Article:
RALEIGH — Take a walk into the dense rainforests of New Guinea and Australia and, with the help of National Geographic’s cameras, see all 39 species of birds-of-paradise display a kaleidoscope of brilliant plumage, bizarre courtship rituals and the amazing power of millions of years of evolution. For these airborne arrays of color, they enjoy a world with plentiful food and no natural predators — an environment that accurately provides their name. Beginning October 13, the North Carolina Museum of Natural Sciences hosts “Birds of Paradise: Amazing Avian Evolution,” a traveling exhibition from the National Geographic Society and Cornell Lab of Ornithology that highlights the first comprehensive study of the birds-of-paradise.
In 2004, National Geographic photographer Tim Laman and Cornell University Lab of Ornithology scientist Edwin Scholes began a series of 15 targeted expeditions over eight years to document these bizarre birds. The fascinating stories of ground breaking research and adventure paired with amazing footage and photography are the foundation of this highly interactive exhibition. “Birds of Paradise” is a story of daring expeditions, world culture, extreme evolution and conservation, as only National Geographic and the Cornell Lab of Ornithology can present — with stunning imagery, compelling video, soundscapes, artifacts, and engaging educational activities for all ages.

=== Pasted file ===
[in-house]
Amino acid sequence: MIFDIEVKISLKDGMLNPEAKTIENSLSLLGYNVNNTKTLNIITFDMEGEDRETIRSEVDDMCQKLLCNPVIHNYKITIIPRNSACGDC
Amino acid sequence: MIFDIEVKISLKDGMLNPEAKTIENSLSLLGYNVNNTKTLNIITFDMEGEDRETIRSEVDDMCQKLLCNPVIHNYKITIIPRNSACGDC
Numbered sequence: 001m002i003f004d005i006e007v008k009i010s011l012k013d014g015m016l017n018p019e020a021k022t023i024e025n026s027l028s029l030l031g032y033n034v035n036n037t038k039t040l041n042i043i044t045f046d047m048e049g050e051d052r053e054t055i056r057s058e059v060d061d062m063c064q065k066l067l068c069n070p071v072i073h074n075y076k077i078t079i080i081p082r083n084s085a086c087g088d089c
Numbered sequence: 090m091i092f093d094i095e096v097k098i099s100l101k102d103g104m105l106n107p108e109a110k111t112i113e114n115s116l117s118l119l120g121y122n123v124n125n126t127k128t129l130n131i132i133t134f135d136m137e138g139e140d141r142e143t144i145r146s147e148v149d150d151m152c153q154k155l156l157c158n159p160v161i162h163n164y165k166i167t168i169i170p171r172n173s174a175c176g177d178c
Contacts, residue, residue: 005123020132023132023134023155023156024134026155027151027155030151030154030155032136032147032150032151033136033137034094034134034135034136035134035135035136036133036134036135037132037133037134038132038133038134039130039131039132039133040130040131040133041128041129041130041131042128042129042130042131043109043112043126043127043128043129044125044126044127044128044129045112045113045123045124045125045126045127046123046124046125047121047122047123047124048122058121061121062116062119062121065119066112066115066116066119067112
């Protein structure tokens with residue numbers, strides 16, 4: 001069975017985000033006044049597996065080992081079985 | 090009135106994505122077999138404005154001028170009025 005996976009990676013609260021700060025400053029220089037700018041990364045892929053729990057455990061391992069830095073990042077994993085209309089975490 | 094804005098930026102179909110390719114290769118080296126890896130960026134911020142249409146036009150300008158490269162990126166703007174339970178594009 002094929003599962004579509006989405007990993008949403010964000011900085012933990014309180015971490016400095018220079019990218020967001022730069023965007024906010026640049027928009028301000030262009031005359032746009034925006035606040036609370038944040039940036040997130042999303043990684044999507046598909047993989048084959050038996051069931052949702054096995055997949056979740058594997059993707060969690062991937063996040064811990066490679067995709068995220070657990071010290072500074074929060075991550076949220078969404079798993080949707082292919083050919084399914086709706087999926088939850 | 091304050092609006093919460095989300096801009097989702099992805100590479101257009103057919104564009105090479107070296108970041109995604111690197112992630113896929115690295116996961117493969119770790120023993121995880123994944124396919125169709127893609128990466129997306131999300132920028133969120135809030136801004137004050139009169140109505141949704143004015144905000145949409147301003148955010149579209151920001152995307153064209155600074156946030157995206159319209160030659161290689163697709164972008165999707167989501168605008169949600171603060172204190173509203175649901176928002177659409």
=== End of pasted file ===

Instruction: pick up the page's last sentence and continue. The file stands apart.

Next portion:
As you enter the exhibition, you are greeted with natural soundscapes, traditional wood carvings and a montage of the various bird-of-paradise species. You’ll experience the bizarre courtship dances that male birds perform to attract the females — through a unique “female’s eye view” video and with the help of interactive games like “Dance, Dance Evolution” that allow you to learn the birds’ signature moves by dancing along with them.
Photos, videos, bird specimens and a kinetic sculpture of a riflebird (one bird-of-paradise species) also show the transformations that birds-of-paradise undergo to attract their mates and the various moves that make up their mating rituals. Visitors can also manipulate artificial tree branches to trigger video footage of different birds displayed on their perches, with commentary from Scholes.
Other facets of the exhibition highlight the importance of birds-of-paradise to New Guinea. Maps and diagrams of the birds’ ranges explain how the country’s environment allowed them to adapt and evolve over time. Legends and folklore about the birds are also shared from past generations of New Guinea natives.
“Birds of Paradise” was co-developed by the National Geographic Society and Cornell Lab of Ornithology. The exhibition runs through March 23, 2014. Tickets: Free for Members; $6 for Adults; $4 for Children (3-12); $5 for Students, Seniors (65+) and Military. Available onsite at the Museum Box Office and online via naturalsciences.org.